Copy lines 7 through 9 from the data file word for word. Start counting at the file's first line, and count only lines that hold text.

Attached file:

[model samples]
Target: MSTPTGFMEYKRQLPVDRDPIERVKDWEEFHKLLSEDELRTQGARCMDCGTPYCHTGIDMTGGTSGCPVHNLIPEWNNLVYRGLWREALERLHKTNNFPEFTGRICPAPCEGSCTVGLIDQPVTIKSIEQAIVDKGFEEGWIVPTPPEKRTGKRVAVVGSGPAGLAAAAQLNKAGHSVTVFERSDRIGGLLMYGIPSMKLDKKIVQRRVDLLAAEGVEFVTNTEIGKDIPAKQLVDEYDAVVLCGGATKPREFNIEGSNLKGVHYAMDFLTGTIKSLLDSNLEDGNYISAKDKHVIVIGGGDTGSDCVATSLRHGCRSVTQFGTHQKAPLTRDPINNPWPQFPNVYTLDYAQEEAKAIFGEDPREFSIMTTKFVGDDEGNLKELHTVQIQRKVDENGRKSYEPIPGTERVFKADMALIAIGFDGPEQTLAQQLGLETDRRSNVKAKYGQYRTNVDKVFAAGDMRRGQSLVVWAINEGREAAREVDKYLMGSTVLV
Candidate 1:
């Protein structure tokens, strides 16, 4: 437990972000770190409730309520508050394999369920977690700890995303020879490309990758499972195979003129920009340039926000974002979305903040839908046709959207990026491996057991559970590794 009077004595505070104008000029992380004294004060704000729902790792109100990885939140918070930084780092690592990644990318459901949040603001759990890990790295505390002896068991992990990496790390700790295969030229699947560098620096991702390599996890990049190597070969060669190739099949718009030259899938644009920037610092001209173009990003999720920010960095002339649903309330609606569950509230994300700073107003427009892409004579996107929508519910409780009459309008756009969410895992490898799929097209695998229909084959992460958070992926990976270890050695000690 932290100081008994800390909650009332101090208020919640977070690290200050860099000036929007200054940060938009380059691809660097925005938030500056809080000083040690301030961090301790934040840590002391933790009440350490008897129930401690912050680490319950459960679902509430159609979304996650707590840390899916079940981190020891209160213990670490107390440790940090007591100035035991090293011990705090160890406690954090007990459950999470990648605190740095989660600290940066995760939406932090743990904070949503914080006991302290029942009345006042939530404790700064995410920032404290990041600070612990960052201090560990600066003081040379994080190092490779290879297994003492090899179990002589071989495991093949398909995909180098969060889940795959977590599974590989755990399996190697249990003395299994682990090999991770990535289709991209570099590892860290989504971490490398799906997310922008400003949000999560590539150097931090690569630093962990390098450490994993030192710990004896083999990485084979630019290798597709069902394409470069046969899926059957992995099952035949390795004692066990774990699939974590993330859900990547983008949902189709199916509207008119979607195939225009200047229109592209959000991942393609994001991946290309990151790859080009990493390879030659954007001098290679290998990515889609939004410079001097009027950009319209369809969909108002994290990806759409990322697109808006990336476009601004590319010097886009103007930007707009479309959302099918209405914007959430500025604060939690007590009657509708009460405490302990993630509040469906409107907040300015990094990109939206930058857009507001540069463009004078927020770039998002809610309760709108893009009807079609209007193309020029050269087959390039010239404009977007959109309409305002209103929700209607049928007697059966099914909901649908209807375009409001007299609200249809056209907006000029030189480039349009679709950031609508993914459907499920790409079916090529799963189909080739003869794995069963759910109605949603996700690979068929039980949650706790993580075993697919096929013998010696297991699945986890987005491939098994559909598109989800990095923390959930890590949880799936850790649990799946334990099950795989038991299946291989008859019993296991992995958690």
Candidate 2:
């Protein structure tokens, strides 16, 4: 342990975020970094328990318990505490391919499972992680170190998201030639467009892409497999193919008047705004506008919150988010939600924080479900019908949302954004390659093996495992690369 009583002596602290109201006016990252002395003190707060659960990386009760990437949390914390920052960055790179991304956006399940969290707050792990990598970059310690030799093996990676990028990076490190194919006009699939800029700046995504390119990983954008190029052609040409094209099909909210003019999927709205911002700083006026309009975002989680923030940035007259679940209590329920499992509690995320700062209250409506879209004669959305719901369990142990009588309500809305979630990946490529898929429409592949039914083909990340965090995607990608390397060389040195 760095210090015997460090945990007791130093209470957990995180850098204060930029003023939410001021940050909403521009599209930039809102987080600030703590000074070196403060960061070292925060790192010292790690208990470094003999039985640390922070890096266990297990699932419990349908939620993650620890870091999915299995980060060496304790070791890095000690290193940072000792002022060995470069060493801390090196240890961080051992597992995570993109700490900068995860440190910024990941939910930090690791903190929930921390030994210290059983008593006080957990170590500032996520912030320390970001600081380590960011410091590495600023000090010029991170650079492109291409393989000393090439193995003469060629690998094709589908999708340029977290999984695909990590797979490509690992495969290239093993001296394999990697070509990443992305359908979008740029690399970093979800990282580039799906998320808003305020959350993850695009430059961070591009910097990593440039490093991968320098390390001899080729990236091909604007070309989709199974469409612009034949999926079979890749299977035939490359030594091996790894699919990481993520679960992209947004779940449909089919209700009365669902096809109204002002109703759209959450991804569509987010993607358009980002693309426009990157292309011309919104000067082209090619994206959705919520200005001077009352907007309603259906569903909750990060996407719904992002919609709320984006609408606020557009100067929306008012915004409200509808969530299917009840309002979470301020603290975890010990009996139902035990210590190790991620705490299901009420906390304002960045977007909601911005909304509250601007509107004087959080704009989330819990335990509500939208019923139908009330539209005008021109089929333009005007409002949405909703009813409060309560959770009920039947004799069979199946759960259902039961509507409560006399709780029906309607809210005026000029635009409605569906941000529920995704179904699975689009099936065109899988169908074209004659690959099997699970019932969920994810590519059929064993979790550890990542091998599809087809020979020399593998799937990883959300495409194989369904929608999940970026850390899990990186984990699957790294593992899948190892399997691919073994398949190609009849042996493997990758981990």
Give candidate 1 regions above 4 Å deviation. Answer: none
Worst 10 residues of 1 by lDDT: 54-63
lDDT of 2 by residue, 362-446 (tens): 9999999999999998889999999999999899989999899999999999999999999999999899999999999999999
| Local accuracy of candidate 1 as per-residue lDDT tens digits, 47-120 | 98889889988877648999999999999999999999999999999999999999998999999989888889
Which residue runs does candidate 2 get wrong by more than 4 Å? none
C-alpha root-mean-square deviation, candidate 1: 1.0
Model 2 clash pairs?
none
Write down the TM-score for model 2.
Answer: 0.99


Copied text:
Give candidate 1 regions above 4 Å deviation. Answer: none
Worst 10 residues of 1 by lDDT: 54-63
lDDT of 2 by residue, 362-446 (tens): 9999999999999998889999999999999899989999899999999999999999999999999899999999999999999